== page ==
Saturday, December 13, 2014

The comfort of what I know

Holidays are my time to overdose on Hallmark movies. As an avid watcher, I've seen them all (save the 12 new ones), at least four (and more) times. Yet I tune in with the kind of glee saved for children opening their holiday gifts. They are my shameless treat to myself.

Two good-looking actors take their places, then spend two hours on the edge of connecting, save for the disaster that keeps them from one another. Will the tall, handsome architect rip down the homeless shelter that is in the way of a shopping mall he wants to build? Will the petite, brunette social worker, who he flirted with at a cafe, forgive him? After all, she works at the shelter (of course). Will she turn him around, get him to build across town?

Stay tuned. These simple, reliable plots grab and comfort me. Architect and social worker will threaten with lawsuits, exchange sideways venomous looks. Ten minutes before the end he'll reveal he grew up in a shelter. She'll stroke his cheek as he says he plans to move the residents into a new development. How can she not fall in love with this man? I do, again and again and again.  

In an interview recently, I was asked, "Do you reread books?" "I love to," I replied. I feel nurtured reading and viewing things that I can rely on to be unchanging.
In my life as an adjunct and freelancer, my days have the order of disorder. Mon/Wed a.m. at this school, p.m. at another. Tues, writing day, unless I get an editing gig, which always trumps writing. Friday, test-grader at a third school, and so on. If it's Saturday, as it is today, I relish in the luxury of staying in one place.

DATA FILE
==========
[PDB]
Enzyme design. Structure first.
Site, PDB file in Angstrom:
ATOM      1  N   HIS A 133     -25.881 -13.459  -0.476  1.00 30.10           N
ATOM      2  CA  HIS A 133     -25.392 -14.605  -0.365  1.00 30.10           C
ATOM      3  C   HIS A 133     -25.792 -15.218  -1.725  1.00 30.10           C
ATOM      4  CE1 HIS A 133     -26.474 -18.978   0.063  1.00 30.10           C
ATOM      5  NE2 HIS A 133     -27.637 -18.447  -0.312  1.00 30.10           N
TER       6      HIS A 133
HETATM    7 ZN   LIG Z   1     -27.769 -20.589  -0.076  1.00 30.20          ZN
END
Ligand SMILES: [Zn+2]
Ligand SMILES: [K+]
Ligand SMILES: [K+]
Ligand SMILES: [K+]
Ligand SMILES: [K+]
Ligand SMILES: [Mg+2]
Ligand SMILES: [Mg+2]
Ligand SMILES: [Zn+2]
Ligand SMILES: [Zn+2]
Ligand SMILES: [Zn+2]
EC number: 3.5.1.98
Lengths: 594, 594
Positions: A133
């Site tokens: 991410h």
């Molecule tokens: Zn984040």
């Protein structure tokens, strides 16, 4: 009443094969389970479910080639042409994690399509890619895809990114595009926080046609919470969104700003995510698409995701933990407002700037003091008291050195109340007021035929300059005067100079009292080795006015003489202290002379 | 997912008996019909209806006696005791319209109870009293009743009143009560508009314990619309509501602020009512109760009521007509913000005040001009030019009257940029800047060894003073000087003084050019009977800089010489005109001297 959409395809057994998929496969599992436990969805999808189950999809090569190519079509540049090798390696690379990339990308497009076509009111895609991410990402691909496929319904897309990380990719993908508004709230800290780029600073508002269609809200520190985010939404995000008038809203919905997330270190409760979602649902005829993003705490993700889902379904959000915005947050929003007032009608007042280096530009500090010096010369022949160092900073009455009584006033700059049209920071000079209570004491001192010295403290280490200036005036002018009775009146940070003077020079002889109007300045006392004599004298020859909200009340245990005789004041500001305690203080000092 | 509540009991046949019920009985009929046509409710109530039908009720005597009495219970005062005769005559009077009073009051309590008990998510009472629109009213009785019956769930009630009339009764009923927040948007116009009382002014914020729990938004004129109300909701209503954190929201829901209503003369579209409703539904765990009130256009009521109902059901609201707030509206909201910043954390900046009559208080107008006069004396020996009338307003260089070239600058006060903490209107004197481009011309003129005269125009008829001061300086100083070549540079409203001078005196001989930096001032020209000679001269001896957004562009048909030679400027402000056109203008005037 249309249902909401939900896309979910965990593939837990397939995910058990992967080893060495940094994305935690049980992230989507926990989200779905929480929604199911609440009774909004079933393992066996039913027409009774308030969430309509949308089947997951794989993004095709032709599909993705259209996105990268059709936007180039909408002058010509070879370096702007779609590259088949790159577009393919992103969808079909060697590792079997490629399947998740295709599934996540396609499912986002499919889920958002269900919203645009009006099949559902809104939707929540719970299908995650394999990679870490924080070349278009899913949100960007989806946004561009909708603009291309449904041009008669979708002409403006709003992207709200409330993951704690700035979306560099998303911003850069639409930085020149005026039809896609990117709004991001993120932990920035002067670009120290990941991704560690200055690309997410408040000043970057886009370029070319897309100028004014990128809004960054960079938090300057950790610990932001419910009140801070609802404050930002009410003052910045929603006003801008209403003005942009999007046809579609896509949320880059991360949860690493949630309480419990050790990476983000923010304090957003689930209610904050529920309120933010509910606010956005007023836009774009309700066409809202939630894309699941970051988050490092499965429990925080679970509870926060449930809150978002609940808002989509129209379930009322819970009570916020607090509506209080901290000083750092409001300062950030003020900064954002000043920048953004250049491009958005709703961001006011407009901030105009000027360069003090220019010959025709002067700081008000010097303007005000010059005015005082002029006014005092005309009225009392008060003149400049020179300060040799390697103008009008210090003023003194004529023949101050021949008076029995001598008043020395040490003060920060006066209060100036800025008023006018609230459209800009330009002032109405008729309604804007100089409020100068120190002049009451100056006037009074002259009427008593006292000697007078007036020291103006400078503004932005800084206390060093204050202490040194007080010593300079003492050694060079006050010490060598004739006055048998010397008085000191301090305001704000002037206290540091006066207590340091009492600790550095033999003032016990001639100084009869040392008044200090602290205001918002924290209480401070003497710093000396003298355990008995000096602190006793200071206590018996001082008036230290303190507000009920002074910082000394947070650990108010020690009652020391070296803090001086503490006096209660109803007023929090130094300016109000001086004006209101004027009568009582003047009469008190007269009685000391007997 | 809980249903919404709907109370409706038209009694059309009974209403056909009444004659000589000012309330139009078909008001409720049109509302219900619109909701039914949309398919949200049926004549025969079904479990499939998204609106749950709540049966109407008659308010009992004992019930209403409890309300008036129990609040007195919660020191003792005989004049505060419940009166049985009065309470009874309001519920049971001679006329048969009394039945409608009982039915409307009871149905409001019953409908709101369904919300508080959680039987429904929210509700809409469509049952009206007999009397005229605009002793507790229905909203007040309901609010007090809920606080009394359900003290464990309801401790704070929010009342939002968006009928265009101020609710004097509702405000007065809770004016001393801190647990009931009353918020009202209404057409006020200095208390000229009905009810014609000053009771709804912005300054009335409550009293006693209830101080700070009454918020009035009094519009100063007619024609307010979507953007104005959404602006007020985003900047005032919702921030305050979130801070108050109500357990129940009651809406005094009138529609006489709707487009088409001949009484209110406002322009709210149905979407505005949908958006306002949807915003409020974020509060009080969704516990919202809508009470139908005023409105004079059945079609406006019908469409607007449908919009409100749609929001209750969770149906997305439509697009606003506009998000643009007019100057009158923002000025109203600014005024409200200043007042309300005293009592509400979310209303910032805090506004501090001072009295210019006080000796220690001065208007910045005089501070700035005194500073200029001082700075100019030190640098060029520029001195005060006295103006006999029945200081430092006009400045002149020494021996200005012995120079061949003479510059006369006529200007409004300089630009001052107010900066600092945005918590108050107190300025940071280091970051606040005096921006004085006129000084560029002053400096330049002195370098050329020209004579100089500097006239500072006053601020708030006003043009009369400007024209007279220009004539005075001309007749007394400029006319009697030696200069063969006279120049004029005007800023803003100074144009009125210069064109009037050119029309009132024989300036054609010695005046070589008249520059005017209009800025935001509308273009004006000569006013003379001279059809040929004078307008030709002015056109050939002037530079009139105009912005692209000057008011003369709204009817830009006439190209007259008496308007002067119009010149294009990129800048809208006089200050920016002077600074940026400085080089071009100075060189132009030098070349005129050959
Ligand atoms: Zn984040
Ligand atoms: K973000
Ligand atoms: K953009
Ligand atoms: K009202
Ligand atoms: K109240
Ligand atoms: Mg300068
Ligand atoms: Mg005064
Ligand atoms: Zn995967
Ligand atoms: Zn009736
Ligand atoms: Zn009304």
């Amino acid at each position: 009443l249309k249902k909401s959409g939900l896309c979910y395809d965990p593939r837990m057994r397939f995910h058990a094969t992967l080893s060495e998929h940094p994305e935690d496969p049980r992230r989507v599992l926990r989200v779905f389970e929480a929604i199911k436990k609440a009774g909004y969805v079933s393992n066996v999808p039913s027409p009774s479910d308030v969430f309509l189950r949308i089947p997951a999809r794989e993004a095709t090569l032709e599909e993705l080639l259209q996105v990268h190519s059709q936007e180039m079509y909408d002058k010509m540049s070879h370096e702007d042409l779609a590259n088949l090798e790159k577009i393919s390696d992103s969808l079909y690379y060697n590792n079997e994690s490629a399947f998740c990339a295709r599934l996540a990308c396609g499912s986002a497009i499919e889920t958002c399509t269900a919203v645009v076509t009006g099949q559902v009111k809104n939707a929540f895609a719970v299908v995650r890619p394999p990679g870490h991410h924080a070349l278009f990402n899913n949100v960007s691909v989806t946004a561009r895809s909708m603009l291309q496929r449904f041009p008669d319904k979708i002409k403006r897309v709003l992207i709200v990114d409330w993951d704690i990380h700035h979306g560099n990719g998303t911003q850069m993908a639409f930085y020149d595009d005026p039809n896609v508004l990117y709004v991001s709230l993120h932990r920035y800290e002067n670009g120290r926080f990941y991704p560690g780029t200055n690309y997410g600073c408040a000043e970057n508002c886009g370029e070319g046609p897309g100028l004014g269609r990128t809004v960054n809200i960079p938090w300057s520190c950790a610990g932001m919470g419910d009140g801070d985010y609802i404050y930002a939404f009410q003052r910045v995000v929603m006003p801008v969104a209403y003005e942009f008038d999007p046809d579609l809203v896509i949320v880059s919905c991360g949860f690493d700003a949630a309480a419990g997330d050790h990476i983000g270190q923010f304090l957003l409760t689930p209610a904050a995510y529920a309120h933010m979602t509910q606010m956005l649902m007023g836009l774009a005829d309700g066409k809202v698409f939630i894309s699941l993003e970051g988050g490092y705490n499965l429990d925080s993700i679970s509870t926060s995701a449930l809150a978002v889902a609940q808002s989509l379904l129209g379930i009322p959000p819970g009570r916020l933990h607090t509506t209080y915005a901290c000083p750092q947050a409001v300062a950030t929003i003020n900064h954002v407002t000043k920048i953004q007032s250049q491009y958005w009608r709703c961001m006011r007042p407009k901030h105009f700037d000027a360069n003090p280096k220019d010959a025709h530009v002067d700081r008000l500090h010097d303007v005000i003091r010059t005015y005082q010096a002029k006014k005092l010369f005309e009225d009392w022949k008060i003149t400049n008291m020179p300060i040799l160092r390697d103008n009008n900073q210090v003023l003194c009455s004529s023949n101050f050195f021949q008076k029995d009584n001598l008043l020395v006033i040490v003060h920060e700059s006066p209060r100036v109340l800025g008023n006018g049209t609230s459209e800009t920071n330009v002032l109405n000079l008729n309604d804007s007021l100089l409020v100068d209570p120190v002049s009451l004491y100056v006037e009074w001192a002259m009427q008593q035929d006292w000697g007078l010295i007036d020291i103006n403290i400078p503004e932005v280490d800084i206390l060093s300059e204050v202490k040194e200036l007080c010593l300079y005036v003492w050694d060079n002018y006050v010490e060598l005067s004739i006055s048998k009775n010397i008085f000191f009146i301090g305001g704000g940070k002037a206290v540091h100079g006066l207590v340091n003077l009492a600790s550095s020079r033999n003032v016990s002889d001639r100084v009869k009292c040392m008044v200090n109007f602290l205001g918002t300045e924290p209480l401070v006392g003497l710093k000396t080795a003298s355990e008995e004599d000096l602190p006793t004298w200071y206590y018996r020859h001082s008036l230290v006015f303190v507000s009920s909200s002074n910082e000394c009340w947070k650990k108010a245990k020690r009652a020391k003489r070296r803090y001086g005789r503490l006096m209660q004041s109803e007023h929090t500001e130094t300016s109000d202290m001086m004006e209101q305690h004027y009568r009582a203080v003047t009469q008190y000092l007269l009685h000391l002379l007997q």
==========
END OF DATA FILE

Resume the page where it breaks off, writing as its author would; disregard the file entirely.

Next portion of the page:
Tomorrow my work week starts up. The last week of classes is a challenge fraught with last-minute emails begging for a pass, in spite of ten and upwards absences. The week is filled too with a tower of papers to grade. Mercifully, there are my movies. Sappy, predictable, steady.

Sunday, December 7, 2014

Working things out

To my list of things I bless God for (good health, nice apartment, coffee!), I add wireless. I'm sitting up in bed, laptop propped on my knees, minus a slew of wires and cords. Life is good.

I ponder what to write. For the first time in many months, I'm swollen with topics. They come to me in the form of  unresolved (or is it unspoken?) feelings. For this writer, that is a treasure chest of material.